Interview with Guillaume Gilbert
I was born in France 35 years ago, at a time where going analog was pretty much a default choice. I grew up in a suburb outside of Paris, just far enough from the bustle of the big city, in a quiet, very middle-class environment that gradually fuelled a casual desire for something bigger. Probably that graduating in political science and international affairs provided me the necessary knack for growing aware of the world in its odd complexity, soon leading me to travel the world and expand my horizons. An extended trip in Vietnam when I was 21 was the first big leap, and this is when I started shooting film, inspired by new visions I had to capture someway. This is when it all started, when I became a photographer at heart.
Look around, there’s (twisted) beauty everywhere.
“Where” and “when” are closely intertwined, for the sake of embracing randomness to the fullest. Circling back to a few moments that triggered my passion for street photography: a series of trips in Asia in my early twenties where I shot cheap color film, overplaying vividness to match the ecstatic memories of a reckless youth; moving to New York when I was 25, modestly channeling the work of masters of black and white photography (Robert Frank, Daido Moriyama or Bruce Davidson, to name a few) like a docile student; travelling by train from Paris to Beijing in the winter of 2012, probably the most fulfilling chapter of my photographic journey so far.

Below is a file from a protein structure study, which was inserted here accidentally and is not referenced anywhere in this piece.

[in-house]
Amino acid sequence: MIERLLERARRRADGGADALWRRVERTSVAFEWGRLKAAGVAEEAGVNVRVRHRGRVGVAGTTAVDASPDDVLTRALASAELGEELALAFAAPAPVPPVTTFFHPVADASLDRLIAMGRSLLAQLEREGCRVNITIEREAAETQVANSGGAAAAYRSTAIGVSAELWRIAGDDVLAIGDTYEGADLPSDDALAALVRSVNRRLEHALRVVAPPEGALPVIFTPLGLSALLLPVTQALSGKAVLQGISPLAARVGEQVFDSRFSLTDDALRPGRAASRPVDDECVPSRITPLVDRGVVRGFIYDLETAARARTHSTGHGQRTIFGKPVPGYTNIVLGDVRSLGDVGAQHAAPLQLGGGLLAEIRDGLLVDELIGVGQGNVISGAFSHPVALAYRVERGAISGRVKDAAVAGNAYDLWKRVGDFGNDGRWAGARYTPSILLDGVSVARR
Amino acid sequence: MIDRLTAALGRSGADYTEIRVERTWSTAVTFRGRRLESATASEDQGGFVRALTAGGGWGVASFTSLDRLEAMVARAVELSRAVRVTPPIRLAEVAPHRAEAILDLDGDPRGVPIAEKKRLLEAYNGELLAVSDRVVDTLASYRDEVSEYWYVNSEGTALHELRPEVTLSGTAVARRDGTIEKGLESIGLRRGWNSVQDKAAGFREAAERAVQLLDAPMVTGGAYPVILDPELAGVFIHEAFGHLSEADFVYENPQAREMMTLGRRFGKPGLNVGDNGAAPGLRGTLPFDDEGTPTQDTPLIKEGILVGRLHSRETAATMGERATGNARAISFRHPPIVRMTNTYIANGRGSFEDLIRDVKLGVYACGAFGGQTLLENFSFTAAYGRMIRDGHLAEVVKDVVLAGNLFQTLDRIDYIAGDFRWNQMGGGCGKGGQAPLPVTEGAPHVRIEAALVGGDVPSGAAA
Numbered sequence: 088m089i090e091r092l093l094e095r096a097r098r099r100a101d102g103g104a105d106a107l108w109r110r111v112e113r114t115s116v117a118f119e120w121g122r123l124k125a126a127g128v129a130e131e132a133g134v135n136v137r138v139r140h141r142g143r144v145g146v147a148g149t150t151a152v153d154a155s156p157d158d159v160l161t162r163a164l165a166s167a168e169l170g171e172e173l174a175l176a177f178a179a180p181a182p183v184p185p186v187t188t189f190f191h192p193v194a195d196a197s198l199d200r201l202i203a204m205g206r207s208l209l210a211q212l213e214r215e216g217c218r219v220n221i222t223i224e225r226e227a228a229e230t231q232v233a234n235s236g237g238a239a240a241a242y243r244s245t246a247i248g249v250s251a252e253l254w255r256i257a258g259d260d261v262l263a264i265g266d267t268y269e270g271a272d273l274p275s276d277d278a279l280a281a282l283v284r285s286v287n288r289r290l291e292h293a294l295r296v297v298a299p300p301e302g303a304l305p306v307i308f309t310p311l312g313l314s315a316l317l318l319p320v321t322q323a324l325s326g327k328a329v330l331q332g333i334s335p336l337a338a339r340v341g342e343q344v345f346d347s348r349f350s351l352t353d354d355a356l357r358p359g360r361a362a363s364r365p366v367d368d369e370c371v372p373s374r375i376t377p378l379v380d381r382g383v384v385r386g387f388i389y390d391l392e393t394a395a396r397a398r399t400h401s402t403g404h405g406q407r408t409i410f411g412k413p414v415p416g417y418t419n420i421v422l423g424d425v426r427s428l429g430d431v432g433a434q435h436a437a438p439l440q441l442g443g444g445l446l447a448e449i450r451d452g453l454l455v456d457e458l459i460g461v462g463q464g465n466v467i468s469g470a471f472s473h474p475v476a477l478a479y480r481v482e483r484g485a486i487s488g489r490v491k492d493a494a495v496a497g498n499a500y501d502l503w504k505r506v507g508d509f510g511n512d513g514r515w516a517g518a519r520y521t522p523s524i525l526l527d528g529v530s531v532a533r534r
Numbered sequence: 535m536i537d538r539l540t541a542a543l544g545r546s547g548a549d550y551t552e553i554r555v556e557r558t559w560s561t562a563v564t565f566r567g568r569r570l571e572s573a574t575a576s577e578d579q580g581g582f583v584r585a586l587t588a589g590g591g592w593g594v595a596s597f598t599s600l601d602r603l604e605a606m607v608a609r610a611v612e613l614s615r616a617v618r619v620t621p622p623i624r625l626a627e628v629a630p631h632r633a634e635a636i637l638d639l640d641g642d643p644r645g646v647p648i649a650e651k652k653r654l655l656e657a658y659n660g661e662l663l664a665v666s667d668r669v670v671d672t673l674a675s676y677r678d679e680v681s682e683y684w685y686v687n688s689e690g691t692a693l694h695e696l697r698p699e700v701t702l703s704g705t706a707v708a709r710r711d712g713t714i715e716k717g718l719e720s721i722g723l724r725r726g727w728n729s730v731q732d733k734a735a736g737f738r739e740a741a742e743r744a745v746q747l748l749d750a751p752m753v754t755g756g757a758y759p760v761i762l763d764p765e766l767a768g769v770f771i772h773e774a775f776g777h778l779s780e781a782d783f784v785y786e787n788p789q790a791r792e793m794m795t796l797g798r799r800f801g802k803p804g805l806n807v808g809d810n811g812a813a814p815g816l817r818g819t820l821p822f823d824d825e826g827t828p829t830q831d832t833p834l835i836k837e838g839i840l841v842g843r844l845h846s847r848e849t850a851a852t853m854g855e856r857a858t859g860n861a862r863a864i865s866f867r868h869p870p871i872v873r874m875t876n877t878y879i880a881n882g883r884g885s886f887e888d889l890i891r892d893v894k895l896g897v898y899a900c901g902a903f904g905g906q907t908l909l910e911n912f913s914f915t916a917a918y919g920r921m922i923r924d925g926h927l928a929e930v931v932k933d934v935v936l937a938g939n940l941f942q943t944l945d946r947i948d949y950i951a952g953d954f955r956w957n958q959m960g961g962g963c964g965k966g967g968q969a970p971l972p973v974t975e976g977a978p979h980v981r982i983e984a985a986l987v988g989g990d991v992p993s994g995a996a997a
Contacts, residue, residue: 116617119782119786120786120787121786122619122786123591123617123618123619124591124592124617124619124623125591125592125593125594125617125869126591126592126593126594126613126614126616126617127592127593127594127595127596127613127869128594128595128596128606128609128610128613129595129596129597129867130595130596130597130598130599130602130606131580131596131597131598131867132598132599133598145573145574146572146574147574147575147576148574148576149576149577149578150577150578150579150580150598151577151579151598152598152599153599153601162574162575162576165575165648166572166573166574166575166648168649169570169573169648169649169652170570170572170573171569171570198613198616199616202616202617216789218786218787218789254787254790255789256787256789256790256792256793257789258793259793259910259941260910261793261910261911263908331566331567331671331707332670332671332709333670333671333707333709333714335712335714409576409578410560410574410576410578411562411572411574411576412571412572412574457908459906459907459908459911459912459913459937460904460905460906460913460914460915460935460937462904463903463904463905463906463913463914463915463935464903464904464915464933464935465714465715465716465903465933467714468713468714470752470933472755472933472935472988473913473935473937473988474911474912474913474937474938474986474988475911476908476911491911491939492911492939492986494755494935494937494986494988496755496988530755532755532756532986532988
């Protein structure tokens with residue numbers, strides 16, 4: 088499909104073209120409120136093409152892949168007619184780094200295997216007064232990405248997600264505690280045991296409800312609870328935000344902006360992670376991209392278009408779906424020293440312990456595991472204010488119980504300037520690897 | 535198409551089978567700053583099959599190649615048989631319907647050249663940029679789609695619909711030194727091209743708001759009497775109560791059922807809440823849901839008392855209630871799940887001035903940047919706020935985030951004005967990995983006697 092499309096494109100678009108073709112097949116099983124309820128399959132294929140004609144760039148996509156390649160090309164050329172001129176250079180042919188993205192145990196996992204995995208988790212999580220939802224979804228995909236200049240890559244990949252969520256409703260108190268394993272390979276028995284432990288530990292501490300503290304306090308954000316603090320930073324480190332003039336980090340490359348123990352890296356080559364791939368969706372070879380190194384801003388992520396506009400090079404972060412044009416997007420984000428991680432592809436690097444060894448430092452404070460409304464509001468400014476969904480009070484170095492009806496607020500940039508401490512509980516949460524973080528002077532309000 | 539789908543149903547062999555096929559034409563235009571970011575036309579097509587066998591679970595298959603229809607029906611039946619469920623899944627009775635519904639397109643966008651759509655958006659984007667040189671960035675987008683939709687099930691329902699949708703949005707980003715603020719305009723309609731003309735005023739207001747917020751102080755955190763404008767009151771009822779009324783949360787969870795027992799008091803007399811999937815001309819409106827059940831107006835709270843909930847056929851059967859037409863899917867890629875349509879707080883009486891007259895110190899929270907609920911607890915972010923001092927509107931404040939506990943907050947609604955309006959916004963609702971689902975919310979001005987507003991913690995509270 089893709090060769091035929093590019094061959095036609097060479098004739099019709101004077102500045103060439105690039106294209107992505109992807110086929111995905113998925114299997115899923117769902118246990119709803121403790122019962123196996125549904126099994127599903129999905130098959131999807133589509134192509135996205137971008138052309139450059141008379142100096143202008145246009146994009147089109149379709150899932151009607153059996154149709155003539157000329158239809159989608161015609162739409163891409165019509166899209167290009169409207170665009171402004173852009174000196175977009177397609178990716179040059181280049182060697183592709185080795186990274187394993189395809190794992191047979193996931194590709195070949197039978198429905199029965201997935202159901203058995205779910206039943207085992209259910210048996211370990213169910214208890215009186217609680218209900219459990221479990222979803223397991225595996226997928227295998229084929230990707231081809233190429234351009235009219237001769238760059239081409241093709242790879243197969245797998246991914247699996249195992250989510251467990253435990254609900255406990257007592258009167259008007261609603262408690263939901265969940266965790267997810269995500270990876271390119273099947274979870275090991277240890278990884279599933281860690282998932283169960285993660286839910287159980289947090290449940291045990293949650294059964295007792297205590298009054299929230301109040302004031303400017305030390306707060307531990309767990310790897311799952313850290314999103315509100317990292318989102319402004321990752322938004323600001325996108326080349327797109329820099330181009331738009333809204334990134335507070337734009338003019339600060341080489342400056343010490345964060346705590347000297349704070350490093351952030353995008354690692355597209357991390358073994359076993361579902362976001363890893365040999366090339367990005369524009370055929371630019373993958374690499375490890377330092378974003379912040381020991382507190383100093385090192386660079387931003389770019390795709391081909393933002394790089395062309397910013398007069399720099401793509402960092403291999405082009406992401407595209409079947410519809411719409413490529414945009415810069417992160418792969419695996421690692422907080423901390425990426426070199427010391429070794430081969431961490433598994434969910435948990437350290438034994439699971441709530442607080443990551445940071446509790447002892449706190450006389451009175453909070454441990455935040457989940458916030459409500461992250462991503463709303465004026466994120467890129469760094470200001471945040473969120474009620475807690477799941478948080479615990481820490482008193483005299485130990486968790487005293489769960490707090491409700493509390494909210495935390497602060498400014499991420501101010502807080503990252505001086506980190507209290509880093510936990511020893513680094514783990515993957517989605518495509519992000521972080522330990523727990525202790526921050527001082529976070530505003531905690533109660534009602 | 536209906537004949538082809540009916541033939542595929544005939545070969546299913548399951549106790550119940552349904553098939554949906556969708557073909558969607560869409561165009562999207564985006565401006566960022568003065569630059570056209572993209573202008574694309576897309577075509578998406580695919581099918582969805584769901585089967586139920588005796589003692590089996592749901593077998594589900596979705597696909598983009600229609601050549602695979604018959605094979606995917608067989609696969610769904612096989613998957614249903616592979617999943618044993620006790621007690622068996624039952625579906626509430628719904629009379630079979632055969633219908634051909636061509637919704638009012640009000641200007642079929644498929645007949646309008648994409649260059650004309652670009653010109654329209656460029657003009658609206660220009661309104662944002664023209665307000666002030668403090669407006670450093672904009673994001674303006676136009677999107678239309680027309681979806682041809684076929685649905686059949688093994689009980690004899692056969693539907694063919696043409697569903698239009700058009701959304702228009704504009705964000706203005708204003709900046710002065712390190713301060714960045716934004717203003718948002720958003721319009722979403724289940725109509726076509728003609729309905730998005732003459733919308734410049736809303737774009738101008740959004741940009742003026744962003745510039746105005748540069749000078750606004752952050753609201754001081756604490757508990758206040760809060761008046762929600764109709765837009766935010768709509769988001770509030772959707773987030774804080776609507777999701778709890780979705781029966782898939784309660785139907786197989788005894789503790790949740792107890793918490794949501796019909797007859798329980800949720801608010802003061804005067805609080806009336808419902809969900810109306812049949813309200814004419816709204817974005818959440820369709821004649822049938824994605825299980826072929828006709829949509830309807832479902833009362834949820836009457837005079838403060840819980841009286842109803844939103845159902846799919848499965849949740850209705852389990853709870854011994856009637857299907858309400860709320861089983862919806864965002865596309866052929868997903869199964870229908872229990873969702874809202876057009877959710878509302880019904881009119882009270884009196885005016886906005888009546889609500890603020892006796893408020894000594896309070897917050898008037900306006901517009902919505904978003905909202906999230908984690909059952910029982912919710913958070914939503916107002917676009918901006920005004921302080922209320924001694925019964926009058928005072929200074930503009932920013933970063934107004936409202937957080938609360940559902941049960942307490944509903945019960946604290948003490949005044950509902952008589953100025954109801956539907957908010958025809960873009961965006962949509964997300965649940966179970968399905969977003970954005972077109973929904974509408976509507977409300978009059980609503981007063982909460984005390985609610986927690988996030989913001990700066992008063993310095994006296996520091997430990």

Street photography is perfect for an indecisive person like me. No need to plan or overthink, the object of your attention usually comes to you unexpected. It took me a few years to actually take some distance from my work -although I resent the term “work”: shooting has always been a natural, unforced process- and rationalize some of my fixations. I guess my photography mostly deals with social alienation and odd, gritty poetry. Because I’m not the most daring street photographer, I will more likely be attracted to people lost in thought, not quite there. A silent crowd who finds a resonance in each of us -and incidentally easier to capture unnoticed.
Photography might be the only thing I never asked myself why I was doing it. To me, it’s just a perfect way to overturn reality while remaining fully aware of it.